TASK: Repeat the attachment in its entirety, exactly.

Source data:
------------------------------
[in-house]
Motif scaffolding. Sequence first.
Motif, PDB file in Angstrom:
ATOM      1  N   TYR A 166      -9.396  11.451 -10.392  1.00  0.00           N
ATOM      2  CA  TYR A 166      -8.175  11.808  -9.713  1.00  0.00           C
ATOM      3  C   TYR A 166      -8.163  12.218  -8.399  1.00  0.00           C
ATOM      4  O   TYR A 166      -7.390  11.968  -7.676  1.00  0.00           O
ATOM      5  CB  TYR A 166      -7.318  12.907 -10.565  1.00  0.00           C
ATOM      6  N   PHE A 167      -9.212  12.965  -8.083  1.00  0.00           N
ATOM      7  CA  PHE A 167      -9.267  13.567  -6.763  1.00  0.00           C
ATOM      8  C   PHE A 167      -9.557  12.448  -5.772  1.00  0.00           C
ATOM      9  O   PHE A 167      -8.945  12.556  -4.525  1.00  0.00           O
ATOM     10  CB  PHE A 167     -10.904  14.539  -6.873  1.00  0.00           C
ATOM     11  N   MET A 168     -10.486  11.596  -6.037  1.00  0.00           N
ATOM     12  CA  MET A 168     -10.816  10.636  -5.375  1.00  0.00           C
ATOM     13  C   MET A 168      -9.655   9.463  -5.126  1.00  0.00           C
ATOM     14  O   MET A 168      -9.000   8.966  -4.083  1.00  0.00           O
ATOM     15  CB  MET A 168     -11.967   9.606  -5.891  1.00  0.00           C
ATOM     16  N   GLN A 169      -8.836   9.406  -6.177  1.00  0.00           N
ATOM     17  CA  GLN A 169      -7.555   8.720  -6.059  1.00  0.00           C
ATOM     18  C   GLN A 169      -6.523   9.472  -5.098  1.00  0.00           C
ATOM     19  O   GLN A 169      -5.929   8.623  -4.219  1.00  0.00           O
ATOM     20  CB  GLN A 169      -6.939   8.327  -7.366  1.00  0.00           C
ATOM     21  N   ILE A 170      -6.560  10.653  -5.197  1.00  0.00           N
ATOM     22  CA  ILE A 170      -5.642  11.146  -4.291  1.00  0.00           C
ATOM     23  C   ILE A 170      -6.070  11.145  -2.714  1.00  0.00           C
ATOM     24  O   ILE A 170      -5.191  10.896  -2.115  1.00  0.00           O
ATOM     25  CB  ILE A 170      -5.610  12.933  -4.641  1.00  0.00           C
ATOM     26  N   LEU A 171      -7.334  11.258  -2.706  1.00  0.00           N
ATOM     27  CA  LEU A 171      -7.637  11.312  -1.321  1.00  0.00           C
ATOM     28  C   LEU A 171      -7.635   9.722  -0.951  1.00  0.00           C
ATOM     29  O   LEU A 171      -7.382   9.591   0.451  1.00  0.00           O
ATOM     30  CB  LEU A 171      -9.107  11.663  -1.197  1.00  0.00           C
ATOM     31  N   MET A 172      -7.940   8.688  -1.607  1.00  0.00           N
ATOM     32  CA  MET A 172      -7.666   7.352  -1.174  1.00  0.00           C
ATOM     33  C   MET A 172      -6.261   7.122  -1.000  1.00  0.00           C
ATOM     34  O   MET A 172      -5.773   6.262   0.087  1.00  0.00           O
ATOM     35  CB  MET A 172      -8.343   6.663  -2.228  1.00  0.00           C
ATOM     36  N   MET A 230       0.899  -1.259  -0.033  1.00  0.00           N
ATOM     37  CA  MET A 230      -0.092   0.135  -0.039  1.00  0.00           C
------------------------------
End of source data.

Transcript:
[in-house]
Motif scaffolding. Sequence first.
Motif, PDB file in Angstrom:
ATOM      1  N   TYR A 166      -9.396  11.451 -10.392  1.00  0.00           N
ATOM      2  CA  TYR A 166      -8.175  11.808  -9.713  1.00  0.00           C
ATOM      3  C   TYR A 166      -8.163  12.218  -8.399  1.00  0.00           C
ATOM      4  O   TYR A 166      -7.390  11.968  -7.676  1.00  0.00           O
ATOM      5  CB  TYR A 166      -7.318  12.907 -10.565  1.00  0.00           C
ATOM      6  N   PHE A 167      -9.212  12.965  -8.083  1.00  0.00           N
ATOM      7  CA  PHE A 167      -9.267  13.567  -6.763  1.00  0.00           C
ATOM      8  C   PHE A 167      -9.557  12.448  -5.772  1.00  0.00           C
ATOM      9  O   PHE A 167      -8.945  12.556  -4.525  1.00  0.00           O
ATOM     10  CB  PHE A 167     -10.904  14.539  -6.873  1.00  0.00           C
ATOM     11  N   MET A 168     -10.486  11.596  -6.037  1.00  0.00           N
ATOM     12  CA  MET A 168     -10.816  10.636  -5.375  1.00  0.00           C
ATOM     13  C   MET A 168      -9.655   9.463  -5.126  1.00  0.00           C
ATOM     14  O   MET A 168      -9.000   8.966  -4.083  1.00  0.00           O
ATOM     15  CB  MET A 168     -11.967   9.606  -5.891  1.00  0.00           C
ATOM     16  N   GLN A 169      -8.836   9.406  -6.177  1.00  0.00           N
ATOM     17  CA  GLN A 169      -7.555   8.720  -6.059  1.00  0.00           C
ATOM     18  C   GLN A 169      -6.523   9.472  -5.098  1.00  0.00           C
ATOM     19  O   GLN A 169      -5.929   8.623  -4.219  1.00  0.00           O
ATOM     20  CB  GLN A 169      -6.939   8.327  -7.366  1.00  0.00           C
ATOM     21  N   ILE A 170      -6.560  10.653  -5.197  1.00  0.00           N
ATOM     22  CA  ILE A 170      -5.642  11.146  -4.291  1.00  0.00           C
ATOM     23  C   ILE A 170      -6.070  11.145  -2.714  1.00  0.00           C
ATOM     24  O   ILE A 170      -5.191  10.896  -2.115  1.00  0.00           O
ATOM     25  CB  ILE A 170      -5.610  12.933  -4.641  1.00  0.00           C
ATOM     26  N   LEU A 171      -7.334  11.258  -2.706  1.00  0.00           N
ATOM     27  CA  LEU A 171      -7.637  11.312  -1.321  1.00  0.00           C
ATOM     28  C   LEU A 171      -7.635   9.722  -0.951  1.00  0.00           C
ATOM     29  O   LEU A 171      -7.382   9.591   0.451  1.00  0.00           O
ATOM     30  CB  LEU A 171      -9.107  11.663  -1.197  1.00  0.00           C
ATOM     31  N   MET A 172      -7.940   8.688  -1.607  1.00  0.00           N
ATOM     32  CA  MET A 172      -7.666   7.352  -1.174  1.00  0.00           C
ATOM     33  C   MET A 172      -6.261   7.122  -1.000  1.00  0.00           C
ATOM     34  O   MET A 172      -5.773   6.262   0.087  1.00  0.00           O
ATOM     35  CB  MET A 172      -8.343   6.663  -2.228  1.00  0.00           C
ATOM     36  N   MET A 230       0.899  -1.259  -0.033  1.00  0.00           N
ATOM     37  CA  MET A 230      -0.092   0.135  -0.039  1.00  0.00           C